A Daughter's Journey To Reclaim Her Heritage Language
NPR Short Wave host and reporter Emily Kwong is a third generation Chinese American, but she's never spoken her family's language.
At age 30, she's trying to learn the language for the first time, and unpacking why she never learned it in the first place.
Emily's father, Christopher Kwong, stopped speaking his first language — Mandarin Chinese — when he was five-years-old. Born in New York City in 1958, he struggled to communicate with his kindergarten teacher and classmates.
Emily's grandparents, Hui and Edgar Kwong, were worried he would fall behind. They stopped speaking Mandarin to Christopher at home, and dedicated themselves to teaching him English.
"I realized I had to engage in a different world, a world in English," Christopher Kwong says. "You have to integrate, otherwise you're going to be really in a terrible place."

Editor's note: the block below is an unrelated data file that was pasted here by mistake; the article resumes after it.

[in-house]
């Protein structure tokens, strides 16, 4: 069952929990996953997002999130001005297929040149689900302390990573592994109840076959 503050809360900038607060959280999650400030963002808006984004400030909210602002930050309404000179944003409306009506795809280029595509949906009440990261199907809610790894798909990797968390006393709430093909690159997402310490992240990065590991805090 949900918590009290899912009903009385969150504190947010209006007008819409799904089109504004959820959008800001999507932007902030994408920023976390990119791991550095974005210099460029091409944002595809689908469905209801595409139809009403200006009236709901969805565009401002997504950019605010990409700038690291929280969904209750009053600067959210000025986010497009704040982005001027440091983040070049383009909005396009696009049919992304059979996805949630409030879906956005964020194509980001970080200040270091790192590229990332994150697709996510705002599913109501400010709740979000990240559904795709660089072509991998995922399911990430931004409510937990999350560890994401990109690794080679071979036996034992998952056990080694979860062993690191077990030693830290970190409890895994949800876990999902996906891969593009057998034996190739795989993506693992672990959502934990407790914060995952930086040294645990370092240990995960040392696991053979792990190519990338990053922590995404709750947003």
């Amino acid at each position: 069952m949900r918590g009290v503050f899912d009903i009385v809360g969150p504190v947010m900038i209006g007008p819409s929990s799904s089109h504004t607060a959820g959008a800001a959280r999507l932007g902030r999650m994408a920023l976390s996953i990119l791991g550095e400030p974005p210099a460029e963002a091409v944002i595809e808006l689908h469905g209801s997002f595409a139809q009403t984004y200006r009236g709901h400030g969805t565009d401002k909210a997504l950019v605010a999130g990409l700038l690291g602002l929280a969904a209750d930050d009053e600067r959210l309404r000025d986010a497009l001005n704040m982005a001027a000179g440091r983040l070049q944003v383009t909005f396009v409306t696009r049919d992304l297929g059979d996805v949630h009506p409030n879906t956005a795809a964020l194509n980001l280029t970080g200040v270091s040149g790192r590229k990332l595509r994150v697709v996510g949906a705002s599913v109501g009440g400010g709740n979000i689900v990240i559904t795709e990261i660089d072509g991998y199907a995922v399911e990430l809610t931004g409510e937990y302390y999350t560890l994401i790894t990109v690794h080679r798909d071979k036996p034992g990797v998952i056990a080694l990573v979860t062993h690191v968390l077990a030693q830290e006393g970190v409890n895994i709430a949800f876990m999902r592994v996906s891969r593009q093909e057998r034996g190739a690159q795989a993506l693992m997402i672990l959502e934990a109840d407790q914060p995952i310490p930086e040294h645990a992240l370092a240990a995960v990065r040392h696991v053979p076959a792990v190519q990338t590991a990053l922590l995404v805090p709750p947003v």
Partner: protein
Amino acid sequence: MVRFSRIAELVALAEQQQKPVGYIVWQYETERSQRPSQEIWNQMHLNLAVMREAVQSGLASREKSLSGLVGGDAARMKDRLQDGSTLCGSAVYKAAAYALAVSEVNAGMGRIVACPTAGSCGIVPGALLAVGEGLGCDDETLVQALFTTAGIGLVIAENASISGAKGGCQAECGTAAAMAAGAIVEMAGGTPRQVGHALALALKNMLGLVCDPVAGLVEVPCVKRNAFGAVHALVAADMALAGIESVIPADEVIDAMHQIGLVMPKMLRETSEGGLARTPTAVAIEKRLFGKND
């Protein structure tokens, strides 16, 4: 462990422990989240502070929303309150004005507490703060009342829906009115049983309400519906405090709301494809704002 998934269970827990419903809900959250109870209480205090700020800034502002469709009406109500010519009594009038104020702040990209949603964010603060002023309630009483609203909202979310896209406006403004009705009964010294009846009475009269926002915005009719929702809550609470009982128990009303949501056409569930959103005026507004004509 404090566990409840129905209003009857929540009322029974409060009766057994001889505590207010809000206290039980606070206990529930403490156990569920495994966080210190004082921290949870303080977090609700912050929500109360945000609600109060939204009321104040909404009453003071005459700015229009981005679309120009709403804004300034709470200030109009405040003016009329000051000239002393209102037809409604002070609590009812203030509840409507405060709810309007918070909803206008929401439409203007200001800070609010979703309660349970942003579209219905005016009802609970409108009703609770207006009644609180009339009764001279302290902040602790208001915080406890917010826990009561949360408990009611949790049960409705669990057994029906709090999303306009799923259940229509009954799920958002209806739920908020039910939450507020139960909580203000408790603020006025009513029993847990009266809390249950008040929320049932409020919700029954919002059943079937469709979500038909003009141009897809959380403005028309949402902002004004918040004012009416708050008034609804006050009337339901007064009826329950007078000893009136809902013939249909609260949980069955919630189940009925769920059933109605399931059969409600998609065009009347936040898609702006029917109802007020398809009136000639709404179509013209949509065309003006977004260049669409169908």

I realized I had to engage in a different world, a world in English.
In turn, Emily never learned her family's 'heritage language' growing up. In a conversation years in the making, Emily and Christopher process what it means to stop speaking a language — the generational cost of assimilation.
Emily will explore how being 'Chinese enough' gets tied up in language fluency and the feeling of racial imposter syndrome, in conversation with sociolinguist Amelia Tseng. She also discovers how language is a bridge that can be broken and rebuilt between generations — as an act of love and reclamation.
This story is part of the Where We Come From series, featuring stories from immigrant communities of color across generations, in honor of Immigrant Heritage Month. Find more stories here.
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